Soybean Corner: Neighbor won’t grow 55-bushel beans planting July 15 every year!
Mar 08, 2022
A neighbor broadcast-applied soybeans on July 15 and worked them in lightly. It was irrigated and made 55 bushels per acre! How do you explain doing everything against the book and harvesting a good crop?
The Indiana certified crop adviser panel answering this question includes Gene Flaningam, Flaningam Ag Consulting LLC, Vincennes; Brian Mitchem, area manager for Nutrien Ag Solutions/Loveland Products, Decatur; Jeff Nagel, agronomist for Ceres Solutions, Lafayette; and Shaun Casteel, Purdue Extension soybean specialist.
Flaningam: Two factors contributed to yields from the July 15 soybeans. First is the ample supply of water from irrigation. Second is the extended growing period due to a late frost. Sometimes Mother Nature works in our favor. I still strongly suggest planting soybeans as early as possible to benefit from longer periods of sunlight during the reproductive growth period.
Mitchem: Sometimes plants don’t read the book. Long-term research shows a yield advantage to early planting and ultra-early planting when soil conditions allow.
There are several agronomic reasons why we’ve seen bean yields increase with an expanded planting window. First is the research commitment made by genetic suppliers in bringing better-performing beans to market. Soybean varieties planted today have about 14 days more time spent during reproduction compared to older genetics. Lastly, we’re experiencing more frost-free days. It’s common for double-crop beans in the northern third of the state planted in early July to yield in the 50s.
Nagel: Welcome to farming! It’s great that it worked out, and irrigation helps. It could be a different story when the growing season isn’t as cooperative.
Numerous planting-date studies in Indiana and Illinois show that soybean yields generally decline by 20% by mid-June. But there are exceptions. In some years, yields were 90% to 95% of maximum yields. Higher potential is usually more consistent with earlier and more timely planting. Timely planted soybeans allow for more hours of sunlight in the reproductive stages that can lead to more nodes per plant, longer flowering time and more pods per node. Later-planted soybeans have a shorter time between first flower to physiological maturity, and thus a shorter time for pod set and filling.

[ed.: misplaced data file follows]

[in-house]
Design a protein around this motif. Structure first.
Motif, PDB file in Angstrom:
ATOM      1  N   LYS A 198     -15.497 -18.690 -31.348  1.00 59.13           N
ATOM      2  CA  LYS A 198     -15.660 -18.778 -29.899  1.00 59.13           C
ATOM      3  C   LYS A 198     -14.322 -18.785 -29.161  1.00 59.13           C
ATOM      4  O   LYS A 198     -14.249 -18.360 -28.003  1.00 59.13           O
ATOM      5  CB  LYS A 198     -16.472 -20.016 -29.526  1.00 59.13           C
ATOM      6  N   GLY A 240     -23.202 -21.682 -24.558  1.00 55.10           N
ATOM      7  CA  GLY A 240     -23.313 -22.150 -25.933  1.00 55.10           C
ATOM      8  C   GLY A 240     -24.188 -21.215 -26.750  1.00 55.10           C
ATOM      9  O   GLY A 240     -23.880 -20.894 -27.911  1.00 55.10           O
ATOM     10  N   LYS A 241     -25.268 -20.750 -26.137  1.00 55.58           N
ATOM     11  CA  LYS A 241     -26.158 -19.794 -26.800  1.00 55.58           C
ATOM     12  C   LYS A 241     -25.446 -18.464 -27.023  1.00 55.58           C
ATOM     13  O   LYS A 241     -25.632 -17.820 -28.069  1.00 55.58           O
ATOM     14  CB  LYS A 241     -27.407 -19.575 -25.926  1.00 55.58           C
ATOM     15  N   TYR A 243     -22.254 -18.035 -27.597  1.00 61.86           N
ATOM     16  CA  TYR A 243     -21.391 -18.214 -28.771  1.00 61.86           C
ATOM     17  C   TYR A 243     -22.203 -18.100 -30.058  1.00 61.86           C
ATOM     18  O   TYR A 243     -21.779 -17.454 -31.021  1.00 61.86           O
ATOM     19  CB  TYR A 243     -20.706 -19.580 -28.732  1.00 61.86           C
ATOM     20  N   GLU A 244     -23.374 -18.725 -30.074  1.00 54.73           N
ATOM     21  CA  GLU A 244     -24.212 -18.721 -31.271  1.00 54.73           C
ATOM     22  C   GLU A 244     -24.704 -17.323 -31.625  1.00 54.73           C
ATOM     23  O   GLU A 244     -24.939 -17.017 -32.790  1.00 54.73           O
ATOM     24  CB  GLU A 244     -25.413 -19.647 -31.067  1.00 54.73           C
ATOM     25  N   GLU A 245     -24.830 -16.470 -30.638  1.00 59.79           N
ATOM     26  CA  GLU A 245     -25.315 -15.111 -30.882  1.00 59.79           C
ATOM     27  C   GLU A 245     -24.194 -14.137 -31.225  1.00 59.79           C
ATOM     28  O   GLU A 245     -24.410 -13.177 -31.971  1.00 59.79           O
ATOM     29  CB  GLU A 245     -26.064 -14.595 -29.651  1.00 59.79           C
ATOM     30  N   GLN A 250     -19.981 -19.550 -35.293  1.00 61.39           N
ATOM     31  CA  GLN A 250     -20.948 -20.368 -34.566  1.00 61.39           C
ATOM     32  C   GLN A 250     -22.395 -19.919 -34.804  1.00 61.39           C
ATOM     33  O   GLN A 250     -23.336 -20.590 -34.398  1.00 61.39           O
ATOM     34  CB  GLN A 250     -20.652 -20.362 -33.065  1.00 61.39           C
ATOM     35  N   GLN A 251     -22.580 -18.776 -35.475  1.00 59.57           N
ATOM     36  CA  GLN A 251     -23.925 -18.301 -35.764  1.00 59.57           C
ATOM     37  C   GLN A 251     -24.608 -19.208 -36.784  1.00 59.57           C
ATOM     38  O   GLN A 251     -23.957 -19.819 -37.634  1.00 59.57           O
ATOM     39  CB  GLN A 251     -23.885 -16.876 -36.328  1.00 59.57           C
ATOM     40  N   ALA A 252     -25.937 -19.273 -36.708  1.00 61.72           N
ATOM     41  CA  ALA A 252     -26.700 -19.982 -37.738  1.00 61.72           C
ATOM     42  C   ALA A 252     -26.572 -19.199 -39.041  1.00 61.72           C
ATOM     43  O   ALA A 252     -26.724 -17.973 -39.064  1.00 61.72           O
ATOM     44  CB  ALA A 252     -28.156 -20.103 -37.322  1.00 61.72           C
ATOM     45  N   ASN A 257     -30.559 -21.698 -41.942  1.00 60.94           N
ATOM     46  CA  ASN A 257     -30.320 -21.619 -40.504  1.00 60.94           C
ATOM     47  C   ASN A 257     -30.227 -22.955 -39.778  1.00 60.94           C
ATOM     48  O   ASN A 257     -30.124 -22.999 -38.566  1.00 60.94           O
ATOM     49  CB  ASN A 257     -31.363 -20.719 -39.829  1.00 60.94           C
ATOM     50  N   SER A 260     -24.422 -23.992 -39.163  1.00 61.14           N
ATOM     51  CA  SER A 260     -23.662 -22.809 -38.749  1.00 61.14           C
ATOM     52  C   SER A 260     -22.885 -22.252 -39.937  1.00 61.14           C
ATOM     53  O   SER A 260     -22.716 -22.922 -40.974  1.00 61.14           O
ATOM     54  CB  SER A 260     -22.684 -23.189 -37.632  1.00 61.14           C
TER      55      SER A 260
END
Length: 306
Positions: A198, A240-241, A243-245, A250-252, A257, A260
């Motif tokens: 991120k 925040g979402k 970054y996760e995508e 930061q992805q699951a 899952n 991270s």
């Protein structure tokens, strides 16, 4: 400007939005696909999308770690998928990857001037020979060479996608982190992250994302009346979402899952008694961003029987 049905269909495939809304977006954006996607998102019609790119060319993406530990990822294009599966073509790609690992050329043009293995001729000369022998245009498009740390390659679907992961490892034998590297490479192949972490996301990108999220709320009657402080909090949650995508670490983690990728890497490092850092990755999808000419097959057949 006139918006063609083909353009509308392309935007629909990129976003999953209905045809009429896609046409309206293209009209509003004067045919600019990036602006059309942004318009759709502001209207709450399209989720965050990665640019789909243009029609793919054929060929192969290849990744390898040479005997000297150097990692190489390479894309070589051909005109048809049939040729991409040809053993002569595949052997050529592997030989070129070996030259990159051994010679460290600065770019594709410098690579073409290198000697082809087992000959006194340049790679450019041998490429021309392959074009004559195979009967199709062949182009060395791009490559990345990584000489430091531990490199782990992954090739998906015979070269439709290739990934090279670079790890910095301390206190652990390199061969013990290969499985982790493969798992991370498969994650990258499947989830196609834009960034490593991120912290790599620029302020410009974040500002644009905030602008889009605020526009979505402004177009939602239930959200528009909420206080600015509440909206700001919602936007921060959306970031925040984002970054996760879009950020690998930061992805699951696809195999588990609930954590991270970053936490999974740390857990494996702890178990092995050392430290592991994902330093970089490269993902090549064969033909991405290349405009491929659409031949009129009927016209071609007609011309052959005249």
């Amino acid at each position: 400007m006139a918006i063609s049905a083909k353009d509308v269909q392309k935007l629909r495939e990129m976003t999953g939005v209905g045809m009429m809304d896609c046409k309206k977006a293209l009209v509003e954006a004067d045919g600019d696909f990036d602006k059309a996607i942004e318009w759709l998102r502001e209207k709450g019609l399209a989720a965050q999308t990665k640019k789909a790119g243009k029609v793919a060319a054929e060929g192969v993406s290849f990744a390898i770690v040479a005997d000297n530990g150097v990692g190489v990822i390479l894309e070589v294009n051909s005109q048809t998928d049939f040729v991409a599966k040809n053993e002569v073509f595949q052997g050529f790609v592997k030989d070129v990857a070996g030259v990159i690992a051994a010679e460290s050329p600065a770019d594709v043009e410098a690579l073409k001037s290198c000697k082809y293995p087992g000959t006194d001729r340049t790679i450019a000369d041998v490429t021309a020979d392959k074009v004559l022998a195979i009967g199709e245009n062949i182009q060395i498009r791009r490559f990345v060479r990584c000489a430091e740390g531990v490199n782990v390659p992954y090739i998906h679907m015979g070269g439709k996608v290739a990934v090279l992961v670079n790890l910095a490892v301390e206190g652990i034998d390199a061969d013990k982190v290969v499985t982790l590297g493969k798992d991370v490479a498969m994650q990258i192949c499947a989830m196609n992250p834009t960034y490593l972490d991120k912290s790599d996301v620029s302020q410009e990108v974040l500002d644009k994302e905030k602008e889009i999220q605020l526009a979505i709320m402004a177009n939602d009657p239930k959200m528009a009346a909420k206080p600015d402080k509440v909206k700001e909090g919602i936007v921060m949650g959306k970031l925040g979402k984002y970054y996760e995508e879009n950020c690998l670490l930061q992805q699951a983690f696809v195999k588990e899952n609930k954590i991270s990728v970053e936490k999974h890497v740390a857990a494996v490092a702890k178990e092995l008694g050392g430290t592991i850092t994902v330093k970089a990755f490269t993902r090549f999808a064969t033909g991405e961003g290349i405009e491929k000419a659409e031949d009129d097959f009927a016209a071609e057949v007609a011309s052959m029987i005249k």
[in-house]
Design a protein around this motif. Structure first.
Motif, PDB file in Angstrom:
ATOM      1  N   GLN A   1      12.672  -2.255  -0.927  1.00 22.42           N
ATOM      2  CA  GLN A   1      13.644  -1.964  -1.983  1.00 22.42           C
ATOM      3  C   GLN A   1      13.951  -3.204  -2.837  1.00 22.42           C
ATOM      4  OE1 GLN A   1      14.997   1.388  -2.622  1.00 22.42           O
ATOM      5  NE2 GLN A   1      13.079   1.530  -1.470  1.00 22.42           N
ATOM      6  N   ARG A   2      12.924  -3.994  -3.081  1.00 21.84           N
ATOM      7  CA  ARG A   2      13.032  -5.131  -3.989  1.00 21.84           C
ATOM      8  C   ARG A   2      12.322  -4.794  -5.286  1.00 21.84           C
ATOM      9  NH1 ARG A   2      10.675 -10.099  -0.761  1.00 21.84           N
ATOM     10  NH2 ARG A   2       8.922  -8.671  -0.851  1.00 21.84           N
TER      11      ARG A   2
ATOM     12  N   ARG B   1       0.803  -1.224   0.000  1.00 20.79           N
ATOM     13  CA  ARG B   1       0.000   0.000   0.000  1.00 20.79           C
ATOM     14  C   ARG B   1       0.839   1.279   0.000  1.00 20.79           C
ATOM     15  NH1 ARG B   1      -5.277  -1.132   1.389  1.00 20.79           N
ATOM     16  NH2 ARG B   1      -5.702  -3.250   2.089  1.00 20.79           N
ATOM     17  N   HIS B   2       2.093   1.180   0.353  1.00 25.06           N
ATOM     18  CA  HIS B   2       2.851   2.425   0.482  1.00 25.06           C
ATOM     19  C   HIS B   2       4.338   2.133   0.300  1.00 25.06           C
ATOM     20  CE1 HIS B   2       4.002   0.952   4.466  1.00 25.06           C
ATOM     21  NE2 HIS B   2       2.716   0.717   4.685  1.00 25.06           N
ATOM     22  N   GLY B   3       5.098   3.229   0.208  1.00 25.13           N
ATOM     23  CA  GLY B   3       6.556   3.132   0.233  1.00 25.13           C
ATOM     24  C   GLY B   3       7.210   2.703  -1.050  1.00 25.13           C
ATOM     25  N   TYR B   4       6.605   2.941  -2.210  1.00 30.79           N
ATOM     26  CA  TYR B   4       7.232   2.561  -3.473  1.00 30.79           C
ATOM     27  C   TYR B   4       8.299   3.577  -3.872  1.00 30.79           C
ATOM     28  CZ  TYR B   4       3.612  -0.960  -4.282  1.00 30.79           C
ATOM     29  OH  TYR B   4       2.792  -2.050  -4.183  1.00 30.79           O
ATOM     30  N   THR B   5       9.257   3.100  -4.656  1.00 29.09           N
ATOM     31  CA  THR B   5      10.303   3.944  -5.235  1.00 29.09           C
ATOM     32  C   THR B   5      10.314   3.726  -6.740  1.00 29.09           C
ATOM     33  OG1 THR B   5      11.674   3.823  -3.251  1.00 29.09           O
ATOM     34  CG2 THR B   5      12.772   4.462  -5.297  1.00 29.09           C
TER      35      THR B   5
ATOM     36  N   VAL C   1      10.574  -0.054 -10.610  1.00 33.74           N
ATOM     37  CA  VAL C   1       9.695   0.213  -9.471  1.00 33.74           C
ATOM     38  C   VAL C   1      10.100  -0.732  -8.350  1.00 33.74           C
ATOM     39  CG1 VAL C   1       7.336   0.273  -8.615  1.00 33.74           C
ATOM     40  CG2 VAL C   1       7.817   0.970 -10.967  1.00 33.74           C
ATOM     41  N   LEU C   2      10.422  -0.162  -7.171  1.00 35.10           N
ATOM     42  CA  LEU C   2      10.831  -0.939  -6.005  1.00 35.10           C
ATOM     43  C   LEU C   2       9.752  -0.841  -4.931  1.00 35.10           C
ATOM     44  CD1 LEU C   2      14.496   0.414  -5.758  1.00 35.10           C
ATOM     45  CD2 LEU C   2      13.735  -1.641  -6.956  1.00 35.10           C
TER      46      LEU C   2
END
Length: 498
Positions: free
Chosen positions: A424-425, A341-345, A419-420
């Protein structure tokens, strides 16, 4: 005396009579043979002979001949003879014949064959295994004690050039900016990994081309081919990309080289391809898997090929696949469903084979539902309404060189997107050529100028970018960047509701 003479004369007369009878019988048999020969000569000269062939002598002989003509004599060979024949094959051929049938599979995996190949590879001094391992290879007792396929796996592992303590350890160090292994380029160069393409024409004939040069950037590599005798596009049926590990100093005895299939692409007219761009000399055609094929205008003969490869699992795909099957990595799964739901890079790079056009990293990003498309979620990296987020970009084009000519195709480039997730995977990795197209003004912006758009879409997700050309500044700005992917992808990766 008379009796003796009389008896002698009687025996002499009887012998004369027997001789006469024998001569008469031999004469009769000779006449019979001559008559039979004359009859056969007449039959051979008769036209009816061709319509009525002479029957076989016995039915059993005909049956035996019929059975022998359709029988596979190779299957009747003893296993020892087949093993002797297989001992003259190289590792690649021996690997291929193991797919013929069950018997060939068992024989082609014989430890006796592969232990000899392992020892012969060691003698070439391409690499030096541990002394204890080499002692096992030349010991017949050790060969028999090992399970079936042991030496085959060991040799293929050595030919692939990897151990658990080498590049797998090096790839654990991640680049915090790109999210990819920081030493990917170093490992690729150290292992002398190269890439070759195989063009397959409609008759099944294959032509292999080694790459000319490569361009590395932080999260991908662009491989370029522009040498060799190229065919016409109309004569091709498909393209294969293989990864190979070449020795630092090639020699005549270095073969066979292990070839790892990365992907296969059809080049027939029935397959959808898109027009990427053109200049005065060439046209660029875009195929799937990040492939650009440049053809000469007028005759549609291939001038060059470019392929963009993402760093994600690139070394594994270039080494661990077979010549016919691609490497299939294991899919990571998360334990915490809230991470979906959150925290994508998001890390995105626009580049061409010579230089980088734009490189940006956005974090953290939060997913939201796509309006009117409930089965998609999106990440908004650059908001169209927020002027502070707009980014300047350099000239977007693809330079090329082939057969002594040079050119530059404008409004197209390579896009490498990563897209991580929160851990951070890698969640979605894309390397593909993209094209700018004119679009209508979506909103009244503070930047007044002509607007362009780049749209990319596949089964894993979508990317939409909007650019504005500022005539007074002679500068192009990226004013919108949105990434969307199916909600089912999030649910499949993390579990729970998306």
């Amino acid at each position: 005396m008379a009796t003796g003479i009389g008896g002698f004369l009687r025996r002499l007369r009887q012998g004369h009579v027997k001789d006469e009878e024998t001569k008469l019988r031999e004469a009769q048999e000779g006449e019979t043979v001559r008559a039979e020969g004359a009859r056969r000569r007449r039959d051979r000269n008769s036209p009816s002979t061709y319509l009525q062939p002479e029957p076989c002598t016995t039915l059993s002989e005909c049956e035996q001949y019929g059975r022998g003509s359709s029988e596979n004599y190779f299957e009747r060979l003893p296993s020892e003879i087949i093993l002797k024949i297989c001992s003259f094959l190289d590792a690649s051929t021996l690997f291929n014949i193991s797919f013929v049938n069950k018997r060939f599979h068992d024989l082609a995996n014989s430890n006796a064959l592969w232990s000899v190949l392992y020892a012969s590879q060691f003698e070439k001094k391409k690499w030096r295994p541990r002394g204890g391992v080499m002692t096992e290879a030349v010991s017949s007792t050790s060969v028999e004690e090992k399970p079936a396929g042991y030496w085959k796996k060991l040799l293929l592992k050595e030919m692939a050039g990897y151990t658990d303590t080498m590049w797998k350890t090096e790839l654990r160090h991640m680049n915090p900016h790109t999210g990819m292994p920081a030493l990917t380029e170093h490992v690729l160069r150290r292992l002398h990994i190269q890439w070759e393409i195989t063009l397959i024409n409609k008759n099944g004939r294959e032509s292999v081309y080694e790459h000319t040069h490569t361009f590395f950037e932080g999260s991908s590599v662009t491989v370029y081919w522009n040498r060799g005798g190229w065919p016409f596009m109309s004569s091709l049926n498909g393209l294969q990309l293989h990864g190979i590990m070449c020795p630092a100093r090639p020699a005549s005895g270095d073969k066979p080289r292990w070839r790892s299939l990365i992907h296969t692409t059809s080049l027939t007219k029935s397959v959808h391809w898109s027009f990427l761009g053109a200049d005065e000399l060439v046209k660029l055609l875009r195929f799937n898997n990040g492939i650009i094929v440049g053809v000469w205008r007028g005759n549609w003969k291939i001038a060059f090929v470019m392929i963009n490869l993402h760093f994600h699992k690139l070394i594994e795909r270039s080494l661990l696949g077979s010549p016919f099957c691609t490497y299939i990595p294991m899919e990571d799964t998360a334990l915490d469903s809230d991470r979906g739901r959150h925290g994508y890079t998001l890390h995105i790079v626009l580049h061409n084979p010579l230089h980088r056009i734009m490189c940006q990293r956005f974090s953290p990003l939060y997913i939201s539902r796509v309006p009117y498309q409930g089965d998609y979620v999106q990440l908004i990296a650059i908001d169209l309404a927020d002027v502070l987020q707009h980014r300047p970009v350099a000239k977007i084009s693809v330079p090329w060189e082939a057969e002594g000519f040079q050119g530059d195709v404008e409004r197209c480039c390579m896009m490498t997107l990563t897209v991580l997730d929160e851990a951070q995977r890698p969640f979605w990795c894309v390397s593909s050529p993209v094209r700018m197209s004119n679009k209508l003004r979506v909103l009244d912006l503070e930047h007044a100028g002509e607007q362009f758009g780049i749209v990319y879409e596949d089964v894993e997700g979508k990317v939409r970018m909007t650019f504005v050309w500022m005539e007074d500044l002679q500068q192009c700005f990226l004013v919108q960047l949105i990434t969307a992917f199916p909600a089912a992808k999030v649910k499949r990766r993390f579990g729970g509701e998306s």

Casteel: Soybeans have an amazing ability to adapt. How many of us have seen soybeans growing in gravel around machine sheds? Soybeans can adapt based on planting conditions, seed spacing and environmental conditions. The adaptation comes in various forms, such as branching when plant population is poor or seed fill when pod load is low.
In the scenario described, Mother Nature and irrigation likely made a huge difference. Timely rains allowed seeds to germinate and establish a quick stand. Ample sunlight and warmer temperatures came back in the middle of July and continued through August and September, so plants were able to grow and develop at a fast rate. Late-season conditions, irrigation and favorable fall conditions allowed that crop to have fair pod set and fill out those pods.
Timely planting of soybeans is still one of the most important decisions to establish yield potential. Indiana soybeans were planted at record paces in 2020 and 2021, followed by record-breaking yields each of those years. Obviously, the rest of the season ultimately determines the final yield, but timely planting helps place odds in your favor.